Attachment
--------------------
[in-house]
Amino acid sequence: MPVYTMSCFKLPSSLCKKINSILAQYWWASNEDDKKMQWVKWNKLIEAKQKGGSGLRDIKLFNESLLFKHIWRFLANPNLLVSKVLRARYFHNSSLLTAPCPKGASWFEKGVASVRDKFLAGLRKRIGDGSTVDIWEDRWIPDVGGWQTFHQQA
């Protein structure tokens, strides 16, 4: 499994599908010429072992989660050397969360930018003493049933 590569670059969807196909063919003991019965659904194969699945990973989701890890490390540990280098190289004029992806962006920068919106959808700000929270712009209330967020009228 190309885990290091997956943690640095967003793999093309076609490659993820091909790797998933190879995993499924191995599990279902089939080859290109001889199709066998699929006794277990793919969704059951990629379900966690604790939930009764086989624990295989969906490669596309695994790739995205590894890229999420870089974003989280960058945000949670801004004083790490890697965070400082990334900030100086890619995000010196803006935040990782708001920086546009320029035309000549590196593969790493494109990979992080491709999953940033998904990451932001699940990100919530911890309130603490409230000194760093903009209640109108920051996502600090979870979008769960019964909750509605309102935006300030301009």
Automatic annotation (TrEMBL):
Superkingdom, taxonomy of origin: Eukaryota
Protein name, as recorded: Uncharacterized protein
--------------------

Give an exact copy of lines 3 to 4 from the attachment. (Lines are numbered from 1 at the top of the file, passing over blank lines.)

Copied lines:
């Protein structure tokens, strides 16, 4: 499994599908010429072992989660050397969360930018003493049933 590569670059969807196909063919003991019965659904194969699945990973989701890890490390540990280098190289004029992806962006920068919106959808700000929270712009209330967020009228 190309885990290091997956943690640095967003793999093309076609490659993820091909790797998933190879995993499924191995599990279902089939080859290109001889199709066998699929006794277990793919969704059951990629379900966690604790939930009764086989624990295989969906490669596309695994790739995205590894890229999420870089974003989280960058945000949670801004004083790490890697965070400082990334900030100086890619995000010196803006935040990782708001920086546009320029035309000549590196593969790493494109990979992080491709999953940033998904990451932001699940990100919530911890309130603490409230000194760093903009209640109108920051996502600090979870979008769960019964909750509605309102935006300030301009």
Automatic annotation (TrEMBL):